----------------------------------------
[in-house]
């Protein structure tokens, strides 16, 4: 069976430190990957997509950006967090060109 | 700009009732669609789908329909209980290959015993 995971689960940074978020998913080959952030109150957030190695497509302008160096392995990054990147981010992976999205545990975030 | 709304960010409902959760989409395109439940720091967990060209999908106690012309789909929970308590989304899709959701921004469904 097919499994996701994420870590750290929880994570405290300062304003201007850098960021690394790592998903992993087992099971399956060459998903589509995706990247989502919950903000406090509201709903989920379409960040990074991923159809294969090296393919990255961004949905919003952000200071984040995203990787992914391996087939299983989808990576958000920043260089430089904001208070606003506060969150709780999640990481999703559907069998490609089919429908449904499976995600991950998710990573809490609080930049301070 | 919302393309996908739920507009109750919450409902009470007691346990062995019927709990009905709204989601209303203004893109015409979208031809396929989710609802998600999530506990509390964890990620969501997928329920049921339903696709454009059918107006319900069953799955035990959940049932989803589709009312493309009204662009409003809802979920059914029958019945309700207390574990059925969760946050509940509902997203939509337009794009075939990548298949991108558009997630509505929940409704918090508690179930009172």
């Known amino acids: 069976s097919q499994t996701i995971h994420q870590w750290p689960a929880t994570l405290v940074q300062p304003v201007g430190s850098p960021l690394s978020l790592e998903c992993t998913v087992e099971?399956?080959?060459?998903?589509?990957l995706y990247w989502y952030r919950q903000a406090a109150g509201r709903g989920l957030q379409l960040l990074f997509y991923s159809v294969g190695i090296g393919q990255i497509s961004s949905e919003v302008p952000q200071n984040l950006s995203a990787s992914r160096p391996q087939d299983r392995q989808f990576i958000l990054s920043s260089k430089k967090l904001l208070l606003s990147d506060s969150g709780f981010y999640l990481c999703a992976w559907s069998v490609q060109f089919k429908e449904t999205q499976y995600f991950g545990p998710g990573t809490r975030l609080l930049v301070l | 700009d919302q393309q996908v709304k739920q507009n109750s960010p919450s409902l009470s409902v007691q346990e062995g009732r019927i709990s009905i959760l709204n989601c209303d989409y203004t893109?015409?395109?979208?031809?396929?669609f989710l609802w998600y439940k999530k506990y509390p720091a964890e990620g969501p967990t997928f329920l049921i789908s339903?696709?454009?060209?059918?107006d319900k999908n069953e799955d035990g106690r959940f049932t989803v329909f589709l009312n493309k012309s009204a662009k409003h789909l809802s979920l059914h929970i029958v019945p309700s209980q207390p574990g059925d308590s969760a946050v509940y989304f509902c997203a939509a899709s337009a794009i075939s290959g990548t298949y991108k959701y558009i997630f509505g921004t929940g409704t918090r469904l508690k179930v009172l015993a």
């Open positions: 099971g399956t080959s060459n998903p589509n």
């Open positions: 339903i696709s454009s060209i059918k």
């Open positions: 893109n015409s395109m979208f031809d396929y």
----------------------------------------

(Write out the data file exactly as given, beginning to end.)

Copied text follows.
[in-house]
């Protein structure tokens, strides 16, 4: 069976430190990957997509950006967090060109 | 700009009732669609789908329909209980290959015993 995971689960940074978020998913080959952030109150957030190695497509302008160096392995990054990147981010992976999205545990975030 | 709304960010409902959760989409395109439940720091967990060209999908106690012309789909929970308590989304899709959701921004469904 097919499994996701994420870590750290929880994570405290300062304003201007850098960021690394790592998903992993087992099971399956060459998903589509995706990247989502919950903000406090509201709903989920379409960040990074991923159809294969090296393919990255961004949905919003952000200071984040995203990787992914391996087939299983989808990576958000920043260089430089904001208070606003506060969150709780999640990481999703559907069998490609089919429908449904499976995600991950998710990573809490609080930049301070 | 919302393309996908739920507009109750919450409902009470007691346990062995019927709990009905709204989601209303203004893109015409979208031809396929989710609802998600999530506990509390964890990620969501997928329920049921339903696709454009059918107006319900069953799955035990959940049932989803589709009312493309009204662009409003809802979920059914029958019945309700207390574990059925969760946050509940509902997203939509337009794009075939990548298949991108558009997630509505929940409704918090508690179930009172």
């Known amino acids: 069976s097919q499994t996701i995971h994420q870590w750290p689960a929880t994570l405290v940074q300062p304003v201007g430190s850098p960021l690394s978020l790592e998903c992993t998913v087992e099971?399956?080959?060459?998903?589509?990957l995706y990247w989502y952030r919950q903000a406090a109150g509201r709903g989920l957030q379409l960040l990074f997509y991923s159809v294969g190695i090296g393919q990255i497509s961004s949905e919003v302008p952000q200071n984040l950006s995203a990787s992914r160096p391996q087939d299983r392995q989808f990576i958000l990054s920043s260089k430089k967090l904001l208070l606003s990147d506060s969150g709780f981010y999640l990481c999703a992976w559907s069998v490609q060109f089919k429908e449904t999205q499976y995600f991950g545990p998710g990573t809490r975030l609080l930049v301070l | 700009d919302q393309q996908v709304k739920q507009n109750s960010p919450s409902l009470s409902v007691q346990e062995g009732r019927i709990s009905i959760l709204n989601c209303d989409y203004t893109?015409?395109?979208?031809?396929?669609f989710l609802w998600y439940k999530k506990y509390p720091a964890e990620g969501p967990t997928f329920l049921i789908s339903?696709?454009?060209?059918?107006d319900k999908n069953e799955d035990g106690r959940f049932t989803v329909f589709l009312n493309k012309s009204a662009k409003h789909l809802s979920l059914h929970i029958v019945p309700s209980q207390p574990g059925d308590s969760a946050v509940y989304f509902c997203a939509a899709s337009a794009i075939s290959g990548t298949y991108k959701y558009i997630f509505g921004t929940g409704t918090r469904l508690k179930v009172l015993a």
């Open positions: 099971g399956t080959s060459n998903p589509n």
């Open positions: 339903i696709s454009s060209i059918k």
């Open positions: 893109n015409s395109m979208f031809d396929y």